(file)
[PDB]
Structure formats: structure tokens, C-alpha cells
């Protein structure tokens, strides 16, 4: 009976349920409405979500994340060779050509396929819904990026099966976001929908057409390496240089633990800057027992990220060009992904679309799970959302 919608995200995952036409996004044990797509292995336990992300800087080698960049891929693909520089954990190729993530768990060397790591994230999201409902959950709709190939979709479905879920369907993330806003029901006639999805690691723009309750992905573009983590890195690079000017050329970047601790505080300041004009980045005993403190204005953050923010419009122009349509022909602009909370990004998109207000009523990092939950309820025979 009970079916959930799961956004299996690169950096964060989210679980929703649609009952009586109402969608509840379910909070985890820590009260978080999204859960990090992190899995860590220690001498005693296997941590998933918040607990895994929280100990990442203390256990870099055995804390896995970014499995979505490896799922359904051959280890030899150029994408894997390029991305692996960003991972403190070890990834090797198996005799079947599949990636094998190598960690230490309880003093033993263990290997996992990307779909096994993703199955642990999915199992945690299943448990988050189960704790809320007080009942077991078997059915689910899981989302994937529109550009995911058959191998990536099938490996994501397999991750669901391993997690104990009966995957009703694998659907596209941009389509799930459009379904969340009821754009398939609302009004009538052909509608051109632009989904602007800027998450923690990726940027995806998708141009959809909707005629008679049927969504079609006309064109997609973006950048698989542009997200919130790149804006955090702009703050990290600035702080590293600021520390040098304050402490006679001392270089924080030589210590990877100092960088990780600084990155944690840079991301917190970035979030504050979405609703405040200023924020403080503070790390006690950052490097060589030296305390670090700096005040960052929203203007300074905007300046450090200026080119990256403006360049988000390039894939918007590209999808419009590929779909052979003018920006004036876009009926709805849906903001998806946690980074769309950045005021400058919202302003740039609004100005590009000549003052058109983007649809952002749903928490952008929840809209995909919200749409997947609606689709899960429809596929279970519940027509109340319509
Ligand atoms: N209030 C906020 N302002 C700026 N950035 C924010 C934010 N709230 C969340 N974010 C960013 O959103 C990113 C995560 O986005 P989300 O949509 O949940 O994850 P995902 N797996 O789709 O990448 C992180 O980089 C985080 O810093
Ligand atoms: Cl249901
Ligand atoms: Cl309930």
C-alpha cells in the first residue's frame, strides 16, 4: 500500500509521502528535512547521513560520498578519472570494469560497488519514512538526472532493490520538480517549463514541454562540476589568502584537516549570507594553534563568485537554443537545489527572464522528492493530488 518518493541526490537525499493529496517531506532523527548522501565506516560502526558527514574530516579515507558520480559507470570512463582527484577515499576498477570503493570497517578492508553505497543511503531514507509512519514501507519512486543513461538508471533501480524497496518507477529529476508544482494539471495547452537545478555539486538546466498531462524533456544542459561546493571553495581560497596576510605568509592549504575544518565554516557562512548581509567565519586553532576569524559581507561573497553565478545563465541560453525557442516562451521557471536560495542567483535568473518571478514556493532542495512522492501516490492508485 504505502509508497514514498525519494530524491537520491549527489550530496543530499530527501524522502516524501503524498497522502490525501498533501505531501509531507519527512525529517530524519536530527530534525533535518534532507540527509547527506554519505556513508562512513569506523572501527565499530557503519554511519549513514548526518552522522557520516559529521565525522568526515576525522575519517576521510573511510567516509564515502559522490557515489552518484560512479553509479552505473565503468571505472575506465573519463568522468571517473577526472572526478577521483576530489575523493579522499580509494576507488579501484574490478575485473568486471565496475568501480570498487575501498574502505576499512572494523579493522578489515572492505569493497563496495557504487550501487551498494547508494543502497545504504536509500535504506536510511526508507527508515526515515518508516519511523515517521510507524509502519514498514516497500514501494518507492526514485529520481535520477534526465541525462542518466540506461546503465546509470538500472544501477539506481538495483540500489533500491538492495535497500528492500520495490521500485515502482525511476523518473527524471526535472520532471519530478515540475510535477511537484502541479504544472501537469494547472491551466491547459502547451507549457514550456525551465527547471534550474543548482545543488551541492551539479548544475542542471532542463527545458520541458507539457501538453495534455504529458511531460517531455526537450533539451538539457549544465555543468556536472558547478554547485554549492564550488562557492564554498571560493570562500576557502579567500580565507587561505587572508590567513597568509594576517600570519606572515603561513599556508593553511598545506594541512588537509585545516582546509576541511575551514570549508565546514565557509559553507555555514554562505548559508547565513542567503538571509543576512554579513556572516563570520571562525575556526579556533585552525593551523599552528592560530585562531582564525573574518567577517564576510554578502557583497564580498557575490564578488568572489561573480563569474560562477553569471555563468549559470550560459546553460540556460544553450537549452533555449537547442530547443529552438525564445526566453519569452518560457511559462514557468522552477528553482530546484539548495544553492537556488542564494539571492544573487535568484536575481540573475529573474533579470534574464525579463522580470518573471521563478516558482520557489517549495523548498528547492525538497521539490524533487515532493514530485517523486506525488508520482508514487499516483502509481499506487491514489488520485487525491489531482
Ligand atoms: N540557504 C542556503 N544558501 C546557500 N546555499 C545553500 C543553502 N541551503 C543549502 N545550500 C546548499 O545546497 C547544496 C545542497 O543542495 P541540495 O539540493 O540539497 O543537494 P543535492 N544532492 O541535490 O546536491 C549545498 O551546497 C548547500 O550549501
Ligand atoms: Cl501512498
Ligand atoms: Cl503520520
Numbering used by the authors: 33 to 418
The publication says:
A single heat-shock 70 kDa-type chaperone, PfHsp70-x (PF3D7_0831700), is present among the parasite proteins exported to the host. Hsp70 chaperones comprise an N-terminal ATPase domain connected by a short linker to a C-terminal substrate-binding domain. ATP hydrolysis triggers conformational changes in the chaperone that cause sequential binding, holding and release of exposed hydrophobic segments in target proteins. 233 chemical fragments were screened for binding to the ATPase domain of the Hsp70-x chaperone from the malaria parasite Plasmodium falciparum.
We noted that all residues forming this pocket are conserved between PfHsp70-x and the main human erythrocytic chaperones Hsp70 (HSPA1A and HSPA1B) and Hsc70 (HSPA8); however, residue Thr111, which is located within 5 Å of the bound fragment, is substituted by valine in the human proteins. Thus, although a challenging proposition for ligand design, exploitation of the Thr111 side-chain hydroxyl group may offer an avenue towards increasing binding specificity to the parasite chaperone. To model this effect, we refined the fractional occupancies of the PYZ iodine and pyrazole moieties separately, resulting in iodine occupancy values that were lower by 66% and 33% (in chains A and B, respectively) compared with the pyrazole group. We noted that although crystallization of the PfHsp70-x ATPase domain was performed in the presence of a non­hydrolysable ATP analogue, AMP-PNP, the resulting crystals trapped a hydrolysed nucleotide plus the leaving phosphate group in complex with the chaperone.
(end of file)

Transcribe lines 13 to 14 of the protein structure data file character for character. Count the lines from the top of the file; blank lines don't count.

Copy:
A single heat-shock 70 kDa-type chaperone, PfHsp70-x (PF3D7_0831700), is present among the parasite proteins exported to the host. Hsp70 chaperones comprise an N-terminal ATPase domain connected by a short linker to a C-terminal substrate-binding domain. ATP hydrolysis triggers conformational changes in the chaperone that cause sequential binding, holding and release of exposed hydrophobic segments in target proteins. 233 chemical fragments were screened for binding to the ATPase domain of the Hsp70-x chaperone from the malaria parasite Plasmodium falciparum.
We noted that all residues forming this pocket are conserved between PfHsp70-x and the main human erythrocytic chaperones Hsp70 (HSPA1A and HSPA1B) and Hsc70 (HSPA8); however, residue Thr111, which is located within 5 Å of the bound fragment, is substituted by valine in the human proteins. Thus, although a challenging proposition for ligand design, exploitation of the Thr111 side-chain hydroxyl group may offer an avenue towards increasing binding specificity to the parasite chaperone. To model this effect, we refined the fractional occupancies of the PYZ iodine and pyrazole moieties separately, resulting in iodine occupancy values that were lower by 66% and 33% (in chains A and B, respectively) compared with the pyrazole group. We noted that although crystallization of the PfHsp70-x ATPase domain was performed in the presence of a non­hydrolysable ATP analogue, AMP-PNP, the resulting crystals trapped a hydrolysed nucleotide plus the leaving phosphate group in complex with the chaperone.